This is the point where the wine origin story of Dionysus ties up all the different loose strands. Let’s recap what Dionysus has done to date: (1) as a baby his father Zeus sheltered him from murder at the hands of Zeus’ wife; (2) he grew up spoiled and reckless, always at the head of a party; (3) as the God of wine, parties and orgies he grew in reputation until the whole Greek society, rich and poor, fell under his spell; (4) Zeus eventually suggests that maybe Dionysus should go and spread this party culture to other parts of the world; (5) Dionysus jumps into the task of spreading wine growing and winemaking with reckless passion but also with a scientist’s instinct for finding out how to make a good thing even better; and (6) now, after long travel, Dionysus returns to Greece – bringing with him the know-how for making, preserving and transporting great wine.

It’s good to be back in Athens after a long wine road trip.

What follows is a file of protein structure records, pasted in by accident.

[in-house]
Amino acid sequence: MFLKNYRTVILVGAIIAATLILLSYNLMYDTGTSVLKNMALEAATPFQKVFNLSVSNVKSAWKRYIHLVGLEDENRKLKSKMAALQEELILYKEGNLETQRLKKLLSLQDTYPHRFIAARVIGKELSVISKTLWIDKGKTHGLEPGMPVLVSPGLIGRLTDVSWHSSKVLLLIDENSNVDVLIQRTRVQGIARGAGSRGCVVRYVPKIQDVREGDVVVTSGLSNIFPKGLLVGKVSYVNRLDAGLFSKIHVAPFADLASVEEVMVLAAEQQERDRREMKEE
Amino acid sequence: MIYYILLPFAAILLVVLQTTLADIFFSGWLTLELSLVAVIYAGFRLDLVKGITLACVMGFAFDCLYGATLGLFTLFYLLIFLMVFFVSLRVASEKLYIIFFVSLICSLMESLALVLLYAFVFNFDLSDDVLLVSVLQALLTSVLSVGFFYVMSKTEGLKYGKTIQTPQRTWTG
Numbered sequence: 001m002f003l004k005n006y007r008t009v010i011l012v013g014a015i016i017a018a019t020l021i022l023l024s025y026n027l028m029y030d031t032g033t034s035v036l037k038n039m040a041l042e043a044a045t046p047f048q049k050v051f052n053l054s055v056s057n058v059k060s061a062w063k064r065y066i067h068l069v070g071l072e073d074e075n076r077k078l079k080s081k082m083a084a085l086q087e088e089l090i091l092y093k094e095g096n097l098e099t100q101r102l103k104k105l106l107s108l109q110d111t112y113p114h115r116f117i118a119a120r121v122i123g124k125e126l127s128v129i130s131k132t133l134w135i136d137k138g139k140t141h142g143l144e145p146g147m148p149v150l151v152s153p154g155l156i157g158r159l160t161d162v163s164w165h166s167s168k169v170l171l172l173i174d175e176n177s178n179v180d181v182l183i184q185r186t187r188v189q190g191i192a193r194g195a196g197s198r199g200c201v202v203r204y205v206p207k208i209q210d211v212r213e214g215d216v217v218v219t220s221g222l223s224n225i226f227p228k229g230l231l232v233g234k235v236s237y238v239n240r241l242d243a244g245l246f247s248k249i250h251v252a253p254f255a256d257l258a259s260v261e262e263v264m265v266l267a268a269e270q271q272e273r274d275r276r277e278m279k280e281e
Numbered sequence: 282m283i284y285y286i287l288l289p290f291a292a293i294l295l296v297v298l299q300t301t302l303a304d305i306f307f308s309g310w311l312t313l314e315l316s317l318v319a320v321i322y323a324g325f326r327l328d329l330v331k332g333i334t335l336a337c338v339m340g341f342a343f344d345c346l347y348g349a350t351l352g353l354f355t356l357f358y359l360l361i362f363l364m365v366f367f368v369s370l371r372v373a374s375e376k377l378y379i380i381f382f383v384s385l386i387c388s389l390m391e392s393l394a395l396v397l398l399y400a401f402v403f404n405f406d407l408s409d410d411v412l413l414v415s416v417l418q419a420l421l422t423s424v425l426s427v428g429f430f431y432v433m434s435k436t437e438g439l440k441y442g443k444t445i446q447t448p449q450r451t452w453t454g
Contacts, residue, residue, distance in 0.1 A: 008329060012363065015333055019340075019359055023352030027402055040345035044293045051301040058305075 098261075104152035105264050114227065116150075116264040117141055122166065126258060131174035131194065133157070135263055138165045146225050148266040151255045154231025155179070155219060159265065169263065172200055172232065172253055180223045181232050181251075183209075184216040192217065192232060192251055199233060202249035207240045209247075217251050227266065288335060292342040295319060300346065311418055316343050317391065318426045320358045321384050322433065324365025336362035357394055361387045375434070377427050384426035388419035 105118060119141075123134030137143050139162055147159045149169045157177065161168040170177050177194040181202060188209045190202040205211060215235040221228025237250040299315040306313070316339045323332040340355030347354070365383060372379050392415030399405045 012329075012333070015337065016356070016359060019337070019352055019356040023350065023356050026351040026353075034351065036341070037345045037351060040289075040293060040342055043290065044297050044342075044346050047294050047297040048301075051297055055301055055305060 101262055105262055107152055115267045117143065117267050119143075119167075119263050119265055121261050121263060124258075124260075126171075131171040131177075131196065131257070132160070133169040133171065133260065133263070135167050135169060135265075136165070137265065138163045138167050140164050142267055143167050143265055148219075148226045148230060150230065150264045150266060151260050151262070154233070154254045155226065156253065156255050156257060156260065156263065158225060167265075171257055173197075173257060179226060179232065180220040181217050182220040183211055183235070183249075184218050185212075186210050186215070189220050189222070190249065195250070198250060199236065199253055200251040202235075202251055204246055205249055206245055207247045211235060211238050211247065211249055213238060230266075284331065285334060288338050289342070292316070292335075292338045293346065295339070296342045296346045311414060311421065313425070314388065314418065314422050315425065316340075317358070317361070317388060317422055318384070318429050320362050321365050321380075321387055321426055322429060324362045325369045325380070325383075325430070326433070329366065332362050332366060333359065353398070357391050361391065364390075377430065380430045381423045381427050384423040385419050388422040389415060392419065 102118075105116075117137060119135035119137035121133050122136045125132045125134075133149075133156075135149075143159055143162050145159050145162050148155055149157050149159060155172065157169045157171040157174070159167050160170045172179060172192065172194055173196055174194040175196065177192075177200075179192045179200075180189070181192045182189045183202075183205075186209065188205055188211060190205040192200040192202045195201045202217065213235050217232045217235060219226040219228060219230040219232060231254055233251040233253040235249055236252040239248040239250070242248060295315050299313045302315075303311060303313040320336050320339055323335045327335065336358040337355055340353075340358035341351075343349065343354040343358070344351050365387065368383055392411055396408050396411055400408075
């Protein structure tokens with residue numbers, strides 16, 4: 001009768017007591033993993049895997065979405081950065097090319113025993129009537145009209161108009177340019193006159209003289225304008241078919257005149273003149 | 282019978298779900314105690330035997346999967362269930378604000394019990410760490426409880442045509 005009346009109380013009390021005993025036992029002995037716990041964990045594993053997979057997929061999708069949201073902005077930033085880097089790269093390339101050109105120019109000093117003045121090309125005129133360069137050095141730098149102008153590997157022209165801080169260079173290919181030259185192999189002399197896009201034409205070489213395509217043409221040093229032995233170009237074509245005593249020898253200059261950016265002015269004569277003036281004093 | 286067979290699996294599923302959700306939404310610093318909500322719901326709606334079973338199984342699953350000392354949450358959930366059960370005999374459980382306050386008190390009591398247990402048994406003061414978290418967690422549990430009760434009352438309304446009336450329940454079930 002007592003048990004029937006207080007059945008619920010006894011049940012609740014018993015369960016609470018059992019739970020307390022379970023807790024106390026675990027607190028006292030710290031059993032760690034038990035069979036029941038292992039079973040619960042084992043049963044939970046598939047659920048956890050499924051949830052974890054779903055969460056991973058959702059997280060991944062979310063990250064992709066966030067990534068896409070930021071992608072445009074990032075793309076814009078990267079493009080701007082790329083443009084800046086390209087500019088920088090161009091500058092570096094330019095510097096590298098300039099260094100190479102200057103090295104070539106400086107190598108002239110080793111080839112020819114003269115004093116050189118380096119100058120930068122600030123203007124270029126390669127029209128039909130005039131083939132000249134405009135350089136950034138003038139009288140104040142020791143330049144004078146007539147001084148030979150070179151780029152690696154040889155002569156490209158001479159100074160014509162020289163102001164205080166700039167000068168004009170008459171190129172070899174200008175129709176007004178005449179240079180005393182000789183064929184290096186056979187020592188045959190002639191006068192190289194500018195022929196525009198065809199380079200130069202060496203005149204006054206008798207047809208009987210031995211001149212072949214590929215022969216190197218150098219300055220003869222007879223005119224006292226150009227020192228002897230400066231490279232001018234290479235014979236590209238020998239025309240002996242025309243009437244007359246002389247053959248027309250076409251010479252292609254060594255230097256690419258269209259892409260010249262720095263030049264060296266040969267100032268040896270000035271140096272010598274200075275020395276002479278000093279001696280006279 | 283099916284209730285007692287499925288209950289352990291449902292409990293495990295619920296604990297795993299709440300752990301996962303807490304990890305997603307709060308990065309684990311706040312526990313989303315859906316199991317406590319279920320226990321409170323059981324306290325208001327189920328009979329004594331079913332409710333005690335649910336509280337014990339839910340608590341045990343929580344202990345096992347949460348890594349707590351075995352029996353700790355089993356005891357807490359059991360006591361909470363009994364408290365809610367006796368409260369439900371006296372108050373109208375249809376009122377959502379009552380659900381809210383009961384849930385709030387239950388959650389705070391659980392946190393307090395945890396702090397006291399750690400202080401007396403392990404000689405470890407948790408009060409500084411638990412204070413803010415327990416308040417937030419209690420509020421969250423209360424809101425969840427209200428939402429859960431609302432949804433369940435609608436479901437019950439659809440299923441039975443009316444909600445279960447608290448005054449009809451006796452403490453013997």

Dionysus’ Legacy: The Great Wine Expansion

Zeus must have been very proud. Although Dionysus will remain a controversial figure in the Pantheon of Greek Gods, his reputation is now magnified. He is no longer just a young instigator but rather is the patron of a burgeoning and sophisticated wine industry. He has carefully assembled the best wine knowledge of the world – better amphorae, precision stone presses, knowledge of fermentation and how to protect wine from spoilage. Dionysus passes all this along to his beloved Greeks and they adopt and synthesize these technologies. The Greeks will go on to merge the collective wine knowledge of Georgia, Armenia, northern Iran and a bunch of other cultures. They will build the biggest and most sophisticated viticulture and wine exporting capability the world had ever seen before today. And this wine exporting power will profoundly influence the course of human history.

The great wine road trip is over. Back at Mount Olympus things will never be the same.

Other Great Wine History Content On The Wine Beat:

The Greek Wine History Podcast with Anna Dimitriadis

The Rhône Wine Primer

The Kakheti Wine Region of Georgia

Leave a Reply